to see voluntary assisted dying enacted, they want others to have choice. They told us they were not
afraid of death, but of dying in pain and without dignity.
I was moved to tears by the words of Peter Belz at our committee hearing in Rockhampton. Peter
lives in a faith based aged-care facility because motor neurone disease and bowel cancer mean he can
no longer care for himself. He said—
The very thing that brought me to speak here tonight is that I no longer fear death; I fear living.
As parliamentarians, I believe we must listen to Peter and the thousands more people living with
It is when the voices of dying people struggle most to be heard against powerful institutions that
listening to them becomes most important. I say to members: the bill before us is carefully crafted to
balance the right of institutions not to be involved with their responsibilities not to unreasonably restrict
terminally ill people’s access to voluntary assisted dying. Disrupting that balance will only make the path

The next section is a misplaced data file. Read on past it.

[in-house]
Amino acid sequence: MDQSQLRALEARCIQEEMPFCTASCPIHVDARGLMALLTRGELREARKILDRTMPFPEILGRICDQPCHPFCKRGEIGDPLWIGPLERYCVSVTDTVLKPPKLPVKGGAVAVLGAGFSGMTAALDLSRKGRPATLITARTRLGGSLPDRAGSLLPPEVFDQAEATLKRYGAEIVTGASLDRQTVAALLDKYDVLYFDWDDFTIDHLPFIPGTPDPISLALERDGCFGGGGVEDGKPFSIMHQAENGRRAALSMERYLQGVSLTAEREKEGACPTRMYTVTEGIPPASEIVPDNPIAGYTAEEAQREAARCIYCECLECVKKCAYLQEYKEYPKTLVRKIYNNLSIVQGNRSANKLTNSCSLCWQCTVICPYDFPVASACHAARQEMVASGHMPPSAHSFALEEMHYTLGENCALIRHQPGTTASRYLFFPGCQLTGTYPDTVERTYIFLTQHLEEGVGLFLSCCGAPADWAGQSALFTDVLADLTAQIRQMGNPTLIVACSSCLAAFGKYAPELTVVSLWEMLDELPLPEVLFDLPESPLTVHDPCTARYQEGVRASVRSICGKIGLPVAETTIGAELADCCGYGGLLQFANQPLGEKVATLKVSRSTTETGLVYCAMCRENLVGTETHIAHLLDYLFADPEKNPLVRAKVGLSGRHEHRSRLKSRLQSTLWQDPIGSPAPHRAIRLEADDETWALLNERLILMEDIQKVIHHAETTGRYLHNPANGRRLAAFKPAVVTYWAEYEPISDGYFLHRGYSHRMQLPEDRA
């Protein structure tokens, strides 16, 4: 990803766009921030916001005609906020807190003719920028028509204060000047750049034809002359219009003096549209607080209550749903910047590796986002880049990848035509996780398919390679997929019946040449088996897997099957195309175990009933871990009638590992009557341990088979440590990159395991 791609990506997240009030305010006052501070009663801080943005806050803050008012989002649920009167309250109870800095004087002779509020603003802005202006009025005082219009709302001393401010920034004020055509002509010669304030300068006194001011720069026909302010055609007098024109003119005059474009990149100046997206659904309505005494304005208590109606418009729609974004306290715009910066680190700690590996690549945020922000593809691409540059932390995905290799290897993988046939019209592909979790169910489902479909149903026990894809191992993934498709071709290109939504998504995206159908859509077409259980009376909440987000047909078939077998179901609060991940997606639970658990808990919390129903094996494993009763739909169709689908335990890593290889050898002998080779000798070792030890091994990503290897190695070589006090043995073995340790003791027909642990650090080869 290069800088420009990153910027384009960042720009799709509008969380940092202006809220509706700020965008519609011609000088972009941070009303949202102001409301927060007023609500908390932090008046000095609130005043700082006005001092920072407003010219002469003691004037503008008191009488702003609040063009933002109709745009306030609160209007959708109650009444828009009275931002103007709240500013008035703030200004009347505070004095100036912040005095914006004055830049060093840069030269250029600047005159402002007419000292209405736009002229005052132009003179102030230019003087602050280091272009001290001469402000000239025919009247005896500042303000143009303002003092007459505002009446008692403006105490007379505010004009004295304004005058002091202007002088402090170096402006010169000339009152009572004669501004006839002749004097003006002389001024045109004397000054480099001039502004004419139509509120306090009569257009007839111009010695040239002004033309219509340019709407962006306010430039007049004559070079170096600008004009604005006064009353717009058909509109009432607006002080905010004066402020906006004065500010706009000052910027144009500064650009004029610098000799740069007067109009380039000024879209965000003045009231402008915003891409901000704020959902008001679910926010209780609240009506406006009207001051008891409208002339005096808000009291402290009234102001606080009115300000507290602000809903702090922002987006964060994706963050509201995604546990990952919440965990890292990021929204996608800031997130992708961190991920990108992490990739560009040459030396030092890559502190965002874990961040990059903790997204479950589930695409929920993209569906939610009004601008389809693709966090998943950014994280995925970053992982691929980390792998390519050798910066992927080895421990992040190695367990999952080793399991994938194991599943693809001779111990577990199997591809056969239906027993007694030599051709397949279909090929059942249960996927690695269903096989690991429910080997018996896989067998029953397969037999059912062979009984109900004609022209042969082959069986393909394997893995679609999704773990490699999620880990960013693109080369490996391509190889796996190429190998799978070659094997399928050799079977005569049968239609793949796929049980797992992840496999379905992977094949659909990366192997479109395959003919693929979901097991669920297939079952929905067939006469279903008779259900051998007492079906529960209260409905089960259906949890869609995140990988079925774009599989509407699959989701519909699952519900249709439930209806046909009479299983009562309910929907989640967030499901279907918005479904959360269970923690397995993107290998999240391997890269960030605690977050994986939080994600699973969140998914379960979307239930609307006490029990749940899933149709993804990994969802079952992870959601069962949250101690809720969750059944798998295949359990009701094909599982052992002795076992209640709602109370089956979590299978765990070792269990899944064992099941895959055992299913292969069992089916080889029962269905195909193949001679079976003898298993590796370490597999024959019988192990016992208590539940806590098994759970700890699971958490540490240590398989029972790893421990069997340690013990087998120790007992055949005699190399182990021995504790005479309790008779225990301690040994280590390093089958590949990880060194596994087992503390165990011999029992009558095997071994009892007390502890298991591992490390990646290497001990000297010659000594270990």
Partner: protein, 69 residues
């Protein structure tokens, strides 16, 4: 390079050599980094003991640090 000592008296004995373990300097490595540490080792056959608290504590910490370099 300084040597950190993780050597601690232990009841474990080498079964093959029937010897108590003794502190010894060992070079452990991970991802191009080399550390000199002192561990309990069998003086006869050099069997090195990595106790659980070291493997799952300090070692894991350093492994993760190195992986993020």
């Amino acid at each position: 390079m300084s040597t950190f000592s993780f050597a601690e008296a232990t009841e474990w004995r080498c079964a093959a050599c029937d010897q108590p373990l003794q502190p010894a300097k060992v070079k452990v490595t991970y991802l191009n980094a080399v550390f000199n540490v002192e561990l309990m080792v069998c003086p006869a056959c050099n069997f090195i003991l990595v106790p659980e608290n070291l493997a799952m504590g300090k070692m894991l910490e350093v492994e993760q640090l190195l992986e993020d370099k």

harder for dying people and their families.
Catholic Health Australia said in evidence, ‘Don’t legislate our conscience, we can be trusted to
care and do right by our patients,’ and overwhelmingly we know that that is the case. But with the very
best intentions, in jurisdictions that do not have the benefit of the QLRC’s careful balance, there have
been breaches of trust. Like the case of Colin M who was dying of metastatic bowel cancer in
Melbourne. Colin was assessed as eligible for voluntary assisted dying but his faith based aged-care
facility refused to allow his medication to be delivered to him. Colin was imminently expecting to
experience a bowel obstruction which meant that he would find himself vomiting his own faeces. Worse,
management left Colin waiting in limbo for nine days without informing him of their refusal to allow his